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Jet Ban Awaits Court Order

By Jorge Casuso

April 24 -- The City on Thursday temporarily lifted a ban on high-speed jets at Santa Monica Airport until a federal court rules on a temporary restraining order filed by the Federal Aviation Administration (FAA).

City officials had announced on Wednesday that they would not abide by an April 23 cease and desist order from the FAA and would begin enforcing the law -- which bans jets with approach speeds of between 139 and 191 mph -- at 12.01 a.m. Thursday.

But Santa Monica officials decided to await a decision by a federal court scheduled to hear the case on Monday. The City contends that the restrictions are necessary to protect neighboring residents from runaway jets; the FAA counters that the law is unnecessary.

Although the City lacks the authority to stop aircraft from landing at its 63-year-old municipal airport, it can issue citations that carry $1,000 fines, and it informed pilots in an April 21 letter that it would do just that.

“The City Council has decided that the City should move forward with the law to protect the safety of the residents,” Kate Vernez, a senior analyst to the City Manager, told The Lookout Wednesday.

The City’s initial decision to enforce the law came after the FAA called on Airport Manager Bob Trimborn to withdraw his letter to the pilots.

“Your enforcement of the ordinance,” the FAA wrote, “can only be interpreted as an attempt to divest the FAA of its jurisdiction over its administrative process, to which the City, as a federally obligated airport, must adhere.”

The City refused to withdraw the letter and told the FAA it intended to begin enforcing the new law, which bars Category C and D aircraft – including the Gulfstream IV and the Cessna Citation X that are popular with executives.

In the letter, City Attorney Marsha Moutrie reiterated the City’s contention that the FAA was placing “the convenience of a small percentage of airport users above public safety.”

The ordinance, Moutrie wrote, “was adopted to fulfill the most basic of governmental duties – the duty to keep the public safe. Your assertion that this effort is undertaken to divest your agency of jurisdiction reveals stunning self-absorption or institutional paranoia.”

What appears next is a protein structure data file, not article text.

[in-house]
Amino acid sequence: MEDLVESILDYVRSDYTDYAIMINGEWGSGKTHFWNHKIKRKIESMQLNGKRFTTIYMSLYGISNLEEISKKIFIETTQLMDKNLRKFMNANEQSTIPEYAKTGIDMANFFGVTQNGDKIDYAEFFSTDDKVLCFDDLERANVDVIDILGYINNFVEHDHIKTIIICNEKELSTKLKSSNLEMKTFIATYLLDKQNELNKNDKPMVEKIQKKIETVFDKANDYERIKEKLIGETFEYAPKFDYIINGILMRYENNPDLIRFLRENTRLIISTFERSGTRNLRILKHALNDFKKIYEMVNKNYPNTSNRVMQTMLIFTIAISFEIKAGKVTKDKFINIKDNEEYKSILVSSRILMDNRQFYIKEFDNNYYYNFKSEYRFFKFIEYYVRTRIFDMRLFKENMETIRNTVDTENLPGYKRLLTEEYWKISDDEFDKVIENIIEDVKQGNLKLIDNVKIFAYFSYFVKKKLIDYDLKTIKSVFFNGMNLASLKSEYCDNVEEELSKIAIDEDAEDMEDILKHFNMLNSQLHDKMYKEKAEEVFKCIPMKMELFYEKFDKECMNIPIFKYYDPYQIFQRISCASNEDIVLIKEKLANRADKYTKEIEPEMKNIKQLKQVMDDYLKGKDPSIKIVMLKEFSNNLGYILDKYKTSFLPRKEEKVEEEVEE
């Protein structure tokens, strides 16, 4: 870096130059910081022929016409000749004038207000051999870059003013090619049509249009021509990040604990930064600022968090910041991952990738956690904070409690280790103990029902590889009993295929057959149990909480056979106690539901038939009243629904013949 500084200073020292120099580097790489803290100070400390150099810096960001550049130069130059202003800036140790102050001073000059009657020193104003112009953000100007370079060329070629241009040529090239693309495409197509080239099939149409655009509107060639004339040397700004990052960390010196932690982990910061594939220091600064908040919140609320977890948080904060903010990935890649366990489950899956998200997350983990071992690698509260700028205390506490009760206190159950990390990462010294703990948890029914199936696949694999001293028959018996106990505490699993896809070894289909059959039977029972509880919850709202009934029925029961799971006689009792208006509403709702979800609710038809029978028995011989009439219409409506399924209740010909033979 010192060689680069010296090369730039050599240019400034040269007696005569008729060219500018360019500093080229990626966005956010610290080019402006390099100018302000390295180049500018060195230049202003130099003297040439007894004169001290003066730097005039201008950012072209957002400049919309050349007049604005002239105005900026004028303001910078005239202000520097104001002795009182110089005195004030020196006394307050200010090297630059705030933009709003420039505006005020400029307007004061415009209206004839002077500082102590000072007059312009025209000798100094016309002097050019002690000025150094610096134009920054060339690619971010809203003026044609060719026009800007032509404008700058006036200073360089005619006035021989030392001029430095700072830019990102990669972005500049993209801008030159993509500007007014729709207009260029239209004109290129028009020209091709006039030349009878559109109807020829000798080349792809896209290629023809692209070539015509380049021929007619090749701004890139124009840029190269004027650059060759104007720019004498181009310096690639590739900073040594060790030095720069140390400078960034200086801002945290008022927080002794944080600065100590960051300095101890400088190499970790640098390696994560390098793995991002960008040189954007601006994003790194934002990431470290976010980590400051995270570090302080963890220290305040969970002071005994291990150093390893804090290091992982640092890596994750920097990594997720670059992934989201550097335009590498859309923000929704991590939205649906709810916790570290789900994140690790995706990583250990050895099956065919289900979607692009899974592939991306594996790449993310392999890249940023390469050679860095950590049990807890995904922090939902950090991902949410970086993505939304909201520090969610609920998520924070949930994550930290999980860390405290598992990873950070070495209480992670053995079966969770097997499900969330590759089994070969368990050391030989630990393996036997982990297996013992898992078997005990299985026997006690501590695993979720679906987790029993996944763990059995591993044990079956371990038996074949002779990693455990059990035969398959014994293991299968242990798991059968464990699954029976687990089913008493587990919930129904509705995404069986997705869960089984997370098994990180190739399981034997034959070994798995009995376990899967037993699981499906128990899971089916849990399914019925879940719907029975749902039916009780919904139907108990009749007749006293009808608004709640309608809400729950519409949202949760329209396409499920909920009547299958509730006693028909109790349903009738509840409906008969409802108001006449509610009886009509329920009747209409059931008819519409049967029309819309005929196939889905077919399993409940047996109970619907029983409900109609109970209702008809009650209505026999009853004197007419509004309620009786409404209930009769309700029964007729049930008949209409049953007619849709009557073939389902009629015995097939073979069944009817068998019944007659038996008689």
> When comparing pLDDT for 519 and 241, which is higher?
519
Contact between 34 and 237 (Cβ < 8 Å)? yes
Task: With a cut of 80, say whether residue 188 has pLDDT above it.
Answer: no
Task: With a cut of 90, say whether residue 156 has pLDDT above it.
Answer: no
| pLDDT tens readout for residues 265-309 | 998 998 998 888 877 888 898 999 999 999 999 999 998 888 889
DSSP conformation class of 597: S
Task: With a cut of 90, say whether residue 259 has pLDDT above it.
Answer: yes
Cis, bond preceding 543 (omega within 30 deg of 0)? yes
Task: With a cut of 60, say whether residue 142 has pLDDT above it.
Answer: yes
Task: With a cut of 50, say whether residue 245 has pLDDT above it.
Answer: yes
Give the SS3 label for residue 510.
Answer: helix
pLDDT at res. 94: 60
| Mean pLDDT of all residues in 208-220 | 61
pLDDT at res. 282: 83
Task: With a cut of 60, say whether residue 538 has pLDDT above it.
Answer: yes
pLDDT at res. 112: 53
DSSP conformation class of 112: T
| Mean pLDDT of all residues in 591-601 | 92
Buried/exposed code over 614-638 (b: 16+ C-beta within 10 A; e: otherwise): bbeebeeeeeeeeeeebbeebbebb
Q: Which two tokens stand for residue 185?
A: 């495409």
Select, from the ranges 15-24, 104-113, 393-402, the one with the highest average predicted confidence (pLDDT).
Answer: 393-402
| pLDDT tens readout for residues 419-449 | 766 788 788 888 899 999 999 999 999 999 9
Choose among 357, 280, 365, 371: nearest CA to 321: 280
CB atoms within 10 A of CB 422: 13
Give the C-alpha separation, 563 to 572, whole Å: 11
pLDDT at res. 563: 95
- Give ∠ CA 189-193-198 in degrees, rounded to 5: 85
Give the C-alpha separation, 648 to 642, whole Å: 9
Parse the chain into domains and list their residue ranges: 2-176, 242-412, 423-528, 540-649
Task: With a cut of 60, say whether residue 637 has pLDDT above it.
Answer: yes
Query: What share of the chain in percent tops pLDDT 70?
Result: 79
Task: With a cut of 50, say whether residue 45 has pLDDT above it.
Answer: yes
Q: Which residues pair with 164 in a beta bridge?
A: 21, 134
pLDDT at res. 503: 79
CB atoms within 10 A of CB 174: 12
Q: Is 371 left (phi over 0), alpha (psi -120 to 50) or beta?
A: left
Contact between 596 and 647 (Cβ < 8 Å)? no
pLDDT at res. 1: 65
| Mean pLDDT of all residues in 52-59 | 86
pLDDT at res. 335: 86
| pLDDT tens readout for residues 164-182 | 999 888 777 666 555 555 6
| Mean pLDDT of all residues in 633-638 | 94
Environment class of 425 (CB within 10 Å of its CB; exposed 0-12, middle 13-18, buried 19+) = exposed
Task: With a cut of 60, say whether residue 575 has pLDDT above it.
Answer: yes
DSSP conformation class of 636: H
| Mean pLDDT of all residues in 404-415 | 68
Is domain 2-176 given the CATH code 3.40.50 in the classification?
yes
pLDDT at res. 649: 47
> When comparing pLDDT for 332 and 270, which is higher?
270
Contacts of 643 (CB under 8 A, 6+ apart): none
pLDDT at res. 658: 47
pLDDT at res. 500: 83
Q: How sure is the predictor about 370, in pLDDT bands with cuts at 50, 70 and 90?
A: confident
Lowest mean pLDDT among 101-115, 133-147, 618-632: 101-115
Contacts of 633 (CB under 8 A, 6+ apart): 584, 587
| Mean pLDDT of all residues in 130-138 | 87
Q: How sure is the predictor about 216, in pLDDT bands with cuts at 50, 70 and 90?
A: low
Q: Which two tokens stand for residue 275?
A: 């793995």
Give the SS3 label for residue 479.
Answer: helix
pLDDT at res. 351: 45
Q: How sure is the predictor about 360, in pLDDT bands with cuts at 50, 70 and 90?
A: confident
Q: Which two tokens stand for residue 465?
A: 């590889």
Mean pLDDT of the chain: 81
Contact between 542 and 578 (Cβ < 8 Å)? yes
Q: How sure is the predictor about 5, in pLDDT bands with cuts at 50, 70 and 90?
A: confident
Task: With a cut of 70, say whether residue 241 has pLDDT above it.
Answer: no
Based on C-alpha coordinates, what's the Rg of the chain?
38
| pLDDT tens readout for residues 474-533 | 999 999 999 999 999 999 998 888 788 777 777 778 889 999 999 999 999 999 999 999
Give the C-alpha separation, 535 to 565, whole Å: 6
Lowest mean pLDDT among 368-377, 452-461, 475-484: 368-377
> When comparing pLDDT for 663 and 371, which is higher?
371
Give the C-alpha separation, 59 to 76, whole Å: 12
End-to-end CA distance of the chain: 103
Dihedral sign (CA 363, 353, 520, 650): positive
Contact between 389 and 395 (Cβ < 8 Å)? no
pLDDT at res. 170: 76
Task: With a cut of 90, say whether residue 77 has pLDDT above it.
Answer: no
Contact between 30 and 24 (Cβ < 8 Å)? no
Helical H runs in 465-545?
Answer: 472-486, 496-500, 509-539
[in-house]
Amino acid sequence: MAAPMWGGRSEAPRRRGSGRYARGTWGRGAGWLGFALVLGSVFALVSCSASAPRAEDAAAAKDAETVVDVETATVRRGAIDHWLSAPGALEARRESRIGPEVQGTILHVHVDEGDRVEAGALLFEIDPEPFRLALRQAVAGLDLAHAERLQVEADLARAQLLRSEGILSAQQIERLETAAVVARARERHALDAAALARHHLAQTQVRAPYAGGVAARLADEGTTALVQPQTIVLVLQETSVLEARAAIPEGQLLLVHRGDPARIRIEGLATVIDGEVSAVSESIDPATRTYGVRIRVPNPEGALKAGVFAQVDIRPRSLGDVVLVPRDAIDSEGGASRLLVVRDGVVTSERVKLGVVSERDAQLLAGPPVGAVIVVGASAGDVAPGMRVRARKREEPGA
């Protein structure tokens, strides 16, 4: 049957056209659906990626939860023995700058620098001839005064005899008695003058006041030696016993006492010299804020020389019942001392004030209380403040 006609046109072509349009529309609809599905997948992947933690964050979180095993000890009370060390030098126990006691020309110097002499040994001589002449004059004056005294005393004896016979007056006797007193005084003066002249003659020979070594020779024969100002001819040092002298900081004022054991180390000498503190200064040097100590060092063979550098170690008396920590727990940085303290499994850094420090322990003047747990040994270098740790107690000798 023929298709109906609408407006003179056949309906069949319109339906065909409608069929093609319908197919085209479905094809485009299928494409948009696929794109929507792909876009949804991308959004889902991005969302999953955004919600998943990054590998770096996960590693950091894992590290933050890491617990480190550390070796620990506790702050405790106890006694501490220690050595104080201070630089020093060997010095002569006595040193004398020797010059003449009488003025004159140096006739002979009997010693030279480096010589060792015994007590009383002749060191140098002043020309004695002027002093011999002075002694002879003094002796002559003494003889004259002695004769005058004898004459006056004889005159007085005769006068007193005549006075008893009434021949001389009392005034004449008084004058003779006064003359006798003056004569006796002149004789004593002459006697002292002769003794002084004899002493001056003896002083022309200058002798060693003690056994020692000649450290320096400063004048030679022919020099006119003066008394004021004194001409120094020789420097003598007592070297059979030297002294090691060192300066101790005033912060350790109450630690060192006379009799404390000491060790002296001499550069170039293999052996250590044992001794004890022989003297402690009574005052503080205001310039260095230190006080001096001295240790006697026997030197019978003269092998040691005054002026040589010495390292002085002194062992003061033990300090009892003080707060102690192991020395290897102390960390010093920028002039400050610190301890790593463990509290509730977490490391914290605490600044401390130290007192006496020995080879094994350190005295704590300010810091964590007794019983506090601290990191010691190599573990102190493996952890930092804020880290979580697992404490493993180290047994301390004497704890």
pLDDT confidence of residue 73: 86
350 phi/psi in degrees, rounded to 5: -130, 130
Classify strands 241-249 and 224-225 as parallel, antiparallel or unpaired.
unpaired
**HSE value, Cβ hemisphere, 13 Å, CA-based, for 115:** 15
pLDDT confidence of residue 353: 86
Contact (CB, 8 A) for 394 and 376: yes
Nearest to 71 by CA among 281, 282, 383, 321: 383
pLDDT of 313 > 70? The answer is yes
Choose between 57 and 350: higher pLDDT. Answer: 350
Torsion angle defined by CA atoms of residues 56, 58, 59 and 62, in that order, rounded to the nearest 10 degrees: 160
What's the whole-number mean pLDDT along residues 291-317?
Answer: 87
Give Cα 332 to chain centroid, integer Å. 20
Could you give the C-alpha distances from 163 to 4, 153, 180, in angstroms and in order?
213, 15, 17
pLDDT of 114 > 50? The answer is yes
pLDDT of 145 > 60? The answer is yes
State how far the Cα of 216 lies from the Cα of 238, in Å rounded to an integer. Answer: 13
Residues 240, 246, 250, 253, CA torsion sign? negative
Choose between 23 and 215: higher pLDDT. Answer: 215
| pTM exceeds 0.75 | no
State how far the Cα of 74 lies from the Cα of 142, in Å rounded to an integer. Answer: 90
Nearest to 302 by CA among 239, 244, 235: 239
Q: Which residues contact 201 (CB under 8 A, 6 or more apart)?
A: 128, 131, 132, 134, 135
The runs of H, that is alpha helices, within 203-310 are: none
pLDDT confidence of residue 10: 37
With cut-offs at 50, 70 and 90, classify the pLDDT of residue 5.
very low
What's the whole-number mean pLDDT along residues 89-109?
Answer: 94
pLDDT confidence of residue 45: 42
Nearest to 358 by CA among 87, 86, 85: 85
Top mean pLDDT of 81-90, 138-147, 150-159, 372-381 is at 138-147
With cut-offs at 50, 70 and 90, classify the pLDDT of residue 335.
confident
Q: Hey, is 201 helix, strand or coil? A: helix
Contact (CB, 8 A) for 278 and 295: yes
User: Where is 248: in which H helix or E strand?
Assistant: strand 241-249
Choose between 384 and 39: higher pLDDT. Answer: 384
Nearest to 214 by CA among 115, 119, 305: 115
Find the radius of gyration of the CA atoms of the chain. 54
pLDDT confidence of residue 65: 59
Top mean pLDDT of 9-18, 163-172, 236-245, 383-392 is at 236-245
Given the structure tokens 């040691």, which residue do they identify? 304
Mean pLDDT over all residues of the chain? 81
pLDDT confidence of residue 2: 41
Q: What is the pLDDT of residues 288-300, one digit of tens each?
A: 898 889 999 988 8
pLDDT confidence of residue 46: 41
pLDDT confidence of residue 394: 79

The day before the ordinance was set to go into effect, the FAA issued an interim cease and desist order “requiring the City to hold the Ordinance in abeyance in order to preserve the status quo.”

“The FAA recognizes that it is an unusual step to issue a cease and desist order that is effective immediately,” wrote Kelvin L. Solco, the FAA’s acting director of airport safety and standards.

“However, no local government has previously ever taken the unprecedented action the City now contemplates,” Solco wrote. “Allowing the Ordinance to take effect at this juncture in the administrative proceeding cannot be countenanced.”

The exchange of letters is the latest battle in a war launched when the council adopted the ordinance on March 25, after having negotiated with the FAA since the Airport Commission first approved safety measures in 2002 that would curb jet traffic.

In adopting the ordinance, the council gave final clearance to a plan that shortens the runway and adds safety areas at either end that abide by current federal standards.

Before the vote, council members vociferously rejected the FAA’s latest proposal to install a concrete arresting system that slows down aircraft travelling at 70 knots, noting that it would be only capable of stopping two of the seven large aircraft that frequent the airport.

It took the FAA less than 24 hours to rev up for a lawsuit. On March 26, FAA officials filed an order challenging the City’s contention that the larger faster jets that routinely use the airport jeopardize the safety of residents who live near the airstrip’s single runway.

The City called the federal government’s challenge a “legal assault” on public safety and filed declarations defending its actions.

The ordinance came as City officials and residents who live near the airport increasingly worry that soaring jet traffic -- from 4,829 jet operations in 1994 to 18,575 last year -- is putting neighboring homes, as well as pilots, in danger.

The threatened litigation is not the first time the FAA would sue the City for restricting jet traffic. In 1979, the City banned some jet access to the airport, but litigation resulted in a 1984 settlement agreement governing airport operations until 2015.

 

“Your enforcement of the ordinance can only be interpreted as an attempt to divest the FAA of its jurisdiction." Kelvin L. Solco

 

"Your assertion that this effort is undertaken to divest your agency of jurisdiction reveals stunning self-absorption or institutional paranoia.” Marsha Moutrie

 

 

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